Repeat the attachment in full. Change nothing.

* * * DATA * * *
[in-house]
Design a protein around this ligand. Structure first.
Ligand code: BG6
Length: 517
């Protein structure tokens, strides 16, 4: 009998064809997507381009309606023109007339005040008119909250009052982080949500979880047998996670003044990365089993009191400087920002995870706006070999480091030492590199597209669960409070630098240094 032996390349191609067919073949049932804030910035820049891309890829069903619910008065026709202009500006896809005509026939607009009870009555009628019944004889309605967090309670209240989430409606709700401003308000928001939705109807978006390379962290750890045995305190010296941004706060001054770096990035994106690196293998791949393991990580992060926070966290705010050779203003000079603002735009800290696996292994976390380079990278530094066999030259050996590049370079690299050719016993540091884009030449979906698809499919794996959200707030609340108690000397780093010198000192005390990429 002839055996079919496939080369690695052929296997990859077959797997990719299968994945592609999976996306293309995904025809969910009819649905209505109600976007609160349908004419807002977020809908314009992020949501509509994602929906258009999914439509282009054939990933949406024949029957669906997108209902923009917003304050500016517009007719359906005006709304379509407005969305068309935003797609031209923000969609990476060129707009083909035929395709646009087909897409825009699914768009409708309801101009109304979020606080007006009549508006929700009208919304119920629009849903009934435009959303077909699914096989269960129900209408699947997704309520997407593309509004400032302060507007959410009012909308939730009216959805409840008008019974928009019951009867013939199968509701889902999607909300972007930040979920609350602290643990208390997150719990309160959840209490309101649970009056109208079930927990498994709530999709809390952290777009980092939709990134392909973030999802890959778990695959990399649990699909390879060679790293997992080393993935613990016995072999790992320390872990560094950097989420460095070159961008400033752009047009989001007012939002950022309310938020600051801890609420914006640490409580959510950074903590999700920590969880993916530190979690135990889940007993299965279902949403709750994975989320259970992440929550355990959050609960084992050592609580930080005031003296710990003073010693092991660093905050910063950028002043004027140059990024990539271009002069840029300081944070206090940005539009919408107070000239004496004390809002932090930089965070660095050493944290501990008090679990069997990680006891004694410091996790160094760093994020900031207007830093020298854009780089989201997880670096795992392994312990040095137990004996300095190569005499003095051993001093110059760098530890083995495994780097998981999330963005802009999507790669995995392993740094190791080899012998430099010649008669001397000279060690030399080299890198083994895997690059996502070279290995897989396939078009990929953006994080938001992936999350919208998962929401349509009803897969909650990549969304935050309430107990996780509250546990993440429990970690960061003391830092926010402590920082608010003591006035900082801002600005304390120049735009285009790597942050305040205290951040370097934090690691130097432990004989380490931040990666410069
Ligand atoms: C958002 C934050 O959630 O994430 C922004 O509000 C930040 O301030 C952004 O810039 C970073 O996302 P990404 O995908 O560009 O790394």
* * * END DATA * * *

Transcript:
[in-house]
Design a protein around this ligand. Structure first.
Ligand code: BG6
Length: 517
């Protein structure tokens, strides 16, 4: 009998064809997507381009309606023109007339005040008119909250009052982080949500979880047998996670003044990365089993009191400087920002995870706006070999480091030492590199597209669960409070630098240094 032996390349191609067919073949049932804030910035820049891309890829069903619910008065026709202009500006896809005509026939607009009870009555009628019944004889309605967090309670209240989430409606709700401003308000928001939705109807978006390379962290750890045995305190010296941004706060001054770096990035994106690196293998791949393991990580992060926070966290705010050779203003000079603002735009800290696996292994976390380079990278530094066999030259050996590049370079690299050719016993540091884009030449979906698809499919794996959200707030609340108690000397780093010198000192005390990429 002839055996079919496939080369690695052929296997990859077959797997990719299968994945592609999976996306293309995904025809969910009819649905209505109600976007609160349908004419807002977020809908314009992020949501509509994602929906258009999914439509282009054939990933949406024949029957669906997108209902923009917003304050500016517009007719359906005006709304379509407005969305068309935003797609031209923000969609990476060129707009083909035929395709646009087909897409825009699914768009409708309801101009109304979020606080007006009549508006929700009208919304119920629009849903009934435009959303077909699914096989269960129900209408699947997704309520997407593309509004400032302060507007959410009012909308939730009216959805409840008008019974928009019951009867013939199968509701889902999607909300972007930040979920609350602290643990208390997150719990309160959840209490309101649970009056109208079930927990498994709530999709809390952290777009980092939709990134392909973030999802890959778990695959990399649990699909390879060679790293997992080393993935613990016995072999790992320390872990560094950097989420460095070159961008400033752009047009989001007012939002950022309310938020600051801890609420914006640490409580959510950074903590999700920590969880993916530190979690135990889940007993299965279902949403709750994975989320259970992440929550355990959050609960084992050592609580930080005031003296710990003073010693092991660093905050910063950028002043004027140059990024990539271009002069840029300081944070206090940005539009919408107070000239004496004390809002932090930089965070660095050493944290501990008090679990069997990680006891004694410091996790160094760093994020900031207007830093020298854009780089989201997880670096795992392994312990040095137990004996300095190569005499003095051993001093110059760098530890083995495994780097998981999330963005802009999507790669995995392993740094190791080899012998430099010649008669001397000279060690030399080299890198083994895997690059996502070279290995897989396939078009990929953006994080938001992936999350919208998962929401349509009803897969909650990549969304935050309430107990996780509250546990993440429990970690960061003391830092926010402590920082608010003591006035900082801002600005304390120049735009285009790597942050305040205290951040370097934090690691130097432990004989380490931040990666410069
Ligand atoms: C958002 C934050 O959630 O994430 C922004 O509000 C930040 O301030 C952004 O810039 C970073 O996302 P990404 O995908 O560009 O790394």